Current Oncology Reports

, 19:51 | Cite as

Early Cervical Cancer: Current Dilemmas of Staging and Surgery

  • Tiffany Zigras
  • Genevieve Lennox
  • Karla Willows
  • Allan CovensEmail author
Gynecologic Cancers (NS Reed, Section Editor)
Part of the following topical collections:
  1. Topical Collection on Gynecologic Cancers


Purpose of Review

Advances in cervical cancer screening and treatment have resulted in high cure rates in developed countries for early-stage disease. Current research focuses on minimizing morbidity and maximizing quality of life.

Recent Findings

Imaging has been disappointing in identifying small volume metastases. Sentinel lymph node biopsy represents a significant advantage with high sensitivity, low false negative rates, reduced morbidity, and equivalent survival in recent studies compared to pelvic lymphadenectomy. Non-radical surgical options are currently being investigated for early cervical cancer in a number of large prospective studies in patients at low risk for metastases.


Evidence suggests that sentinel lymph node biopsy and non-radical surgery are safe approaches for the staging and management of early cervical cancer in appropriately selected patients with the potential to significantly reduce treatment-related morbidity.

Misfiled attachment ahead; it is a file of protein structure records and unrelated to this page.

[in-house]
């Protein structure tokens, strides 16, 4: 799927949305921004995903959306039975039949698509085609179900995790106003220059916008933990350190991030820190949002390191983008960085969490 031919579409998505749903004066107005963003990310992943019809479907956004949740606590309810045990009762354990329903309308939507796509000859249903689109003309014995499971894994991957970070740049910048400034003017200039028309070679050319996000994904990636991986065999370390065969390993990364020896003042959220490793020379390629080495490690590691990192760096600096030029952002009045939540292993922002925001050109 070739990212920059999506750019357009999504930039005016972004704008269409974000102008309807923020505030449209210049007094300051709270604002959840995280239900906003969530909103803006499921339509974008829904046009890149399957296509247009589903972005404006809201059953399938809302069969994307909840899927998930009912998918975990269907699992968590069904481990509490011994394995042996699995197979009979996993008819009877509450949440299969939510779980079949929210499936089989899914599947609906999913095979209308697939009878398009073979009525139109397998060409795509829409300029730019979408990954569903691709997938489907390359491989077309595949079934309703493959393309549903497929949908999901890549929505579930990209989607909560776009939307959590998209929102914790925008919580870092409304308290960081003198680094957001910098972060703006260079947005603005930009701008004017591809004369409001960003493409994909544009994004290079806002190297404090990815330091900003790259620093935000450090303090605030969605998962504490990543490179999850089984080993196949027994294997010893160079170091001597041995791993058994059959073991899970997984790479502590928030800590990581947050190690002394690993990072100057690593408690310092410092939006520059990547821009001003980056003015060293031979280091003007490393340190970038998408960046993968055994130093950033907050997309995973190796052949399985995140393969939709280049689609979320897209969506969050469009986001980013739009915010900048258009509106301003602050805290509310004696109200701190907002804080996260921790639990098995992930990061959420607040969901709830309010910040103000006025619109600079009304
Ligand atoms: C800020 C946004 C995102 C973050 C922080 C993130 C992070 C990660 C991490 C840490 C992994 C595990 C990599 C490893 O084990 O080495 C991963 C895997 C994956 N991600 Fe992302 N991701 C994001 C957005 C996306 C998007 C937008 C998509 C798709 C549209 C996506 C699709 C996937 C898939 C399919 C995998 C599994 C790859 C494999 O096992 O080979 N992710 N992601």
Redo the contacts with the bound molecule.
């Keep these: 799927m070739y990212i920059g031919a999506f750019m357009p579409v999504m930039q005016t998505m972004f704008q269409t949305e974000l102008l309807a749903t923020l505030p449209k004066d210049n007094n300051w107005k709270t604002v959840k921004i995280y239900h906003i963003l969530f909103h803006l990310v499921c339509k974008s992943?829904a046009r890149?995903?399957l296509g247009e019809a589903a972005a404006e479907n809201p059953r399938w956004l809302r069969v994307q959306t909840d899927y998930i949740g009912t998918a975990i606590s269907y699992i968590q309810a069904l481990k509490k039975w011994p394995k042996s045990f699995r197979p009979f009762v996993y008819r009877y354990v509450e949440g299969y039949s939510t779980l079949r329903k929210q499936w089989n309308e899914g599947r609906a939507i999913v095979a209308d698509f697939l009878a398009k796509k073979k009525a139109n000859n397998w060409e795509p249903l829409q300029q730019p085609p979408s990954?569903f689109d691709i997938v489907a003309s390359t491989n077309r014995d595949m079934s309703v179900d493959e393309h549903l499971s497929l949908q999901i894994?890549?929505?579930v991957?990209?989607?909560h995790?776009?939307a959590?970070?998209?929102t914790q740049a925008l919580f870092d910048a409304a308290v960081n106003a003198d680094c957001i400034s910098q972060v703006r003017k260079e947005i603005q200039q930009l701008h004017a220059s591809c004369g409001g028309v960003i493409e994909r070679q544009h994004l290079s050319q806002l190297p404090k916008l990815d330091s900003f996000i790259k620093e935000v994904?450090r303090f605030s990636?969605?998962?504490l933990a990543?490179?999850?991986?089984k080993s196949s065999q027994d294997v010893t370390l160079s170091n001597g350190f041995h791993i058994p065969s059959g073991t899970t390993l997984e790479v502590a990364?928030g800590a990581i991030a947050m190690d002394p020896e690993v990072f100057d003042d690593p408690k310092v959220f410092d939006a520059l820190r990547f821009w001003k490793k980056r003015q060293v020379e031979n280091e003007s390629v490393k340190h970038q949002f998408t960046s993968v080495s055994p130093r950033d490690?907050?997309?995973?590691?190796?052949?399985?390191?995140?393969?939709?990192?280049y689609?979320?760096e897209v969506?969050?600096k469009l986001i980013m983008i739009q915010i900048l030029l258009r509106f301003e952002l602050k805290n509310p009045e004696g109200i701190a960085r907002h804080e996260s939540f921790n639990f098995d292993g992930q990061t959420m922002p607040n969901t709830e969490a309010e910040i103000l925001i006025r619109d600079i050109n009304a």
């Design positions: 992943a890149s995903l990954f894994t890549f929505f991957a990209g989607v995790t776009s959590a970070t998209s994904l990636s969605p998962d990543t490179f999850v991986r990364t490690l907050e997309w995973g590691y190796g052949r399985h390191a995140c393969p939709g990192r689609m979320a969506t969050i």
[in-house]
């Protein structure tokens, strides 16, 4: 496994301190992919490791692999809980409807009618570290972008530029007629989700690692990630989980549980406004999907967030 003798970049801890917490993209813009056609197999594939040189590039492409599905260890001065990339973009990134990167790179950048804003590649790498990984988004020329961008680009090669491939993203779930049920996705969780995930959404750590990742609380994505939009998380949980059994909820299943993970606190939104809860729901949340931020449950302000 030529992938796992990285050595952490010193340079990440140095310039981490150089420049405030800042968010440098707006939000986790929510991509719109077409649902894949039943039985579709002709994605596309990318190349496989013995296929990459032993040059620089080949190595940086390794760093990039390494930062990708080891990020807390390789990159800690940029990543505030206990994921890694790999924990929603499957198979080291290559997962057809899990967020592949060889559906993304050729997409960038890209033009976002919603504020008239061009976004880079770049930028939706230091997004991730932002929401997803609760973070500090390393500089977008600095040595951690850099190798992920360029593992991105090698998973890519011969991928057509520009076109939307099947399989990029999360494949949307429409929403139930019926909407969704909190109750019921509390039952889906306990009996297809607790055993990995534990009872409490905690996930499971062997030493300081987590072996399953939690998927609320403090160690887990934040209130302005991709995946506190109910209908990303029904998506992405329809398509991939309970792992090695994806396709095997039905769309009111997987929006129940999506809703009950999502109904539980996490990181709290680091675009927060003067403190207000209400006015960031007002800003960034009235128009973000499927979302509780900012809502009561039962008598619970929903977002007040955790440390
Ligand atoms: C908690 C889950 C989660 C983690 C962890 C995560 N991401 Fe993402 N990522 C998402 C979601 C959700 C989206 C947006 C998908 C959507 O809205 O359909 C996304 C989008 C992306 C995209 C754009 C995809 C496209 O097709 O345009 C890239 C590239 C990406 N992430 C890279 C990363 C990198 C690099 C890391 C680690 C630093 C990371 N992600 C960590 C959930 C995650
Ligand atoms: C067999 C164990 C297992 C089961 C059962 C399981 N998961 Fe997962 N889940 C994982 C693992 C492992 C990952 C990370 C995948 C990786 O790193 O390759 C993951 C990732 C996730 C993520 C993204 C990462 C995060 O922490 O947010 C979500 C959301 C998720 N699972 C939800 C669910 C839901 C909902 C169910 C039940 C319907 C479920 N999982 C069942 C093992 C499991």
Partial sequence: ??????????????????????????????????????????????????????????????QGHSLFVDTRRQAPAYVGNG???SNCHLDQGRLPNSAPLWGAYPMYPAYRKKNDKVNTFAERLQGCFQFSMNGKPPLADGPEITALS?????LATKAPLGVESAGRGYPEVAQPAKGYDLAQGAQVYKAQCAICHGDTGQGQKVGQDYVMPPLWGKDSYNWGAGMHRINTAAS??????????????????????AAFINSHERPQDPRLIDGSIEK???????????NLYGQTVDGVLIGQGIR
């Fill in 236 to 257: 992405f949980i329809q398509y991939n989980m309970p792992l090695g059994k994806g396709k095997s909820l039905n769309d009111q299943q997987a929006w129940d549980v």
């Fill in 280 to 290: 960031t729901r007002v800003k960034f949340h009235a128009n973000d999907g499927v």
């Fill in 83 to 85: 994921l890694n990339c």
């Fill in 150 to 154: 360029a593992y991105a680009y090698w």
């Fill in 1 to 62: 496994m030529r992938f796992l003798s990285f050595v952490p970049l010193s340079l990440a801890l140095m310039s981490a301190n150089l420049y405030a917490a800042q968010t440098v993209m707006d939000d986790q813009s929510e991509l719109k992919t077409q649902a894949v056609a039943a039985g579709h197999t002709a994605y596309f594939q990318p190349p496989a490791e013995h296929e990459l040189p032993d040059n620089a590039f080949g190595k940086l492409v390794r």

Early cervical cancer Uterine cervical neoplasm Cervical cancer staging Sentinel lymph nodes Pelvic lymphadenectomy Fertility-sparing surgery 


Compliance with Ethical Standards

Conflict of Interest

Tiffany Zigras, Genevieve Lennox, Karla Willows, and Allan Covens declare that they have no conflict of interest.

Human and Animal Rights and Informed Consent

This article does not contain any studies with human or animal subjects performed by any of the authors.


Papers of particular interest, published recently, have been highlighted as: • Of importance

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Copyright information

© Springer Science+Business Media New York 2017

Authors and Affiliations

  • Tiffany Zigras
    • 1
  • Genevieve Lennox
    • 1
  • Karla Willows
    • 1
  • Allan Covens
    • 2
    Email author
  1. 1.Division of Gynecologic Oncology, Department of Obstetrics and GynecologyUniversity of TorontoTorontoCanada
  2. 2.Division of Gynecologic Oncology, T2051 Odette Cancer CentreUniversity of TorontoTorontoCanada

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